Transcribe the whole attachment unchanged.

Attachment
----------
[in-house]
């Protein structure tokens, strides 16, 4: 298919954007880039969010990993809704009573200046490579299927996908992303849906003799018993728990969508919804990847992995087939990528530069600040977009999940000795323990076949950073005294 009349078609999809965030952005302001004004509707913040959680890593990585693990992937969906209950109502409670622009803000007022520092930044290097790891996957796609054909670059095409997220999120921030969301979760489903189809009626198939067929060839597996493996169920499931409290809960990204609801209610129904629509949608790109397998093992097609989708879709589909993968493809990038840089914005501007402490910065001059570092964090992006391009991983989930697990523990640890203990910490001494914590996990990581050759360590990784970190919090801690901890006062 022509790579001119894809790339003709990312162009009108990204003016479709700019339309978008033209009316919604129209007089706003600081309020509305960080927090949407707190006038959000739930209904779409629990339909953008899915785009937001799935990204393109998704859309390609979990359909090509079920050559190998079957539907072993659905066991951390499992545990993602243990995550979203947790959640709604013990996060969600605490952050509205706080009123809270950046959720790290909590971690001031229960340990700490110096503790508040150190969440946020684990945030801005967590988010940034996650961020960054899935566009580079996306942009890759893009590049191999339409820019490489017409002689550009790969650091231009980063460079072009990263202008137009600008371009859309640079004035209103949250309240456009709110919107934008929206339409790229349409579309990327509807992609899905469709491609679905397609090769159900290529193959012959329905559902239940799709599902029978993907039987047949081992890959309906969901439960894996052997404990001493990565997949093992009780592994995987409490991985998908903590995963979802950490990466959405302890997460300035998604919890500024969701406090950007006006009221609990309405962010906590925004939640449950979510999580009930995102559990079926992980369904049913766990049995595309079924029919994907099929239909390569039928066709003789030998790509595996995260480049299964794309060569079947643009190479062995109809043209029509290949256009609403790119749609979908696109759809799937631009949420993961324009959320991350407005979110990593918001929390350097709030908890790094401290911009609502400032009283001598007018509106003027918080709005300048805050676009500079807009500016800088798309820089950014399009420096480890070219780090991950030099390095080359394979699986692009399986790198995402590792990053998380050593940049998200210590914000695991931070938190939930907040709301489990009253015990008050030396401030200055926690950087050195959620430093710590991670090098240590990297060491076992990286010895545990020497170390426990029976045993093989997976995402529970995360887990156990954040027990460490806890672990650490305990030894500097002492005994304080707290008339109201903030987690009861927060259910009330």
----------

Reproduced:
[in-house]
């Protein structure tokens, strides 16, 4: 298919954007880039969010990993809704009573200046490579299927996908992303849906003799018993728990969508919804990847992995087939990528530069600040977009999940000795323990076949950073005294 009349078609999809965030952005302001004004509707913040959680890593990585693990992937969906209950109502409670622009803000007022520092930044290097790891996957796609054909670059095409997220999120921030969301979760489903189809009626198939067929060839597996493996169920499931409290809960990204609801209610129904629509949608790109397998093992097609989708879709589909993968493809990038840089914005501007402490910065001059570092964090992006391009991983989930697990523990640890203990910490001494914590996990990581050759360590990784970190919090801690901890006062 022509790579001119894809790339003709990312162009009108990204003016479709700019339309978008033209009316919604129209007089706003600081309020509305960080927090949407707190006038959000739930209904779409629990339909953008899915785009937001799935990204393109998704859309390609979990359909090509079920050559190998079957539907072993659905066991951390499992545990993602243990995550979203947790959640709604013990996060969600605490952050509205706080009123809270950046959720790290909590971690001031229960340990700490110096503790508040150190969440946020684990945030801005967590988010940034996650961020960054899935566009580079996306942009890759893009590049191999339409820019490489017409002689550009790969650091231009980063460079072009990263202008137009600008371009859309640079004035209103949250309240456009709110919107934008929206339409790229349409579309990327509807992609899905469709491609679905397609090769159900290529193959012959329905559902239940799709599902029978993907039987047949081992890959309906969901439960894996052997404990001493990565997949093992009780592994995987409490991985998908903590995963979802950490990466959405302890997460300035998604919890500024969701406090950007006006009221609990309405962010906590925004939640449950979510999580009930995102559990079926992980369904049913766990049995595309079924029919994907099929239909390569039928066709003789030998790509595996995260480049299964794309060569079947643009190479062995109809043209029509290949256009609403790119749609979908696109759809799937631009949420993961324009959320991350407005979110990593918001929390350097709030908890790094401290911009609502400032009283001598007018509106003027918080709005300048805050676009500079807009500016800088798309820089950014399009420096480890070219780090991950030099390095080359394979699986692009399986790198995402590792990053998380050593940049998200210590914000695991931070938190939930907040709301489990009253015990008050030396401030200055926690950087050195959620430093710590991670090098240590990297060491076992990286010895545990020497170390426990029976045993093989997976995402529970995360887990156990954040027990460490806890672990650490305990030894500097002492005994304080707290008339109201903030987690009861927060259910009330």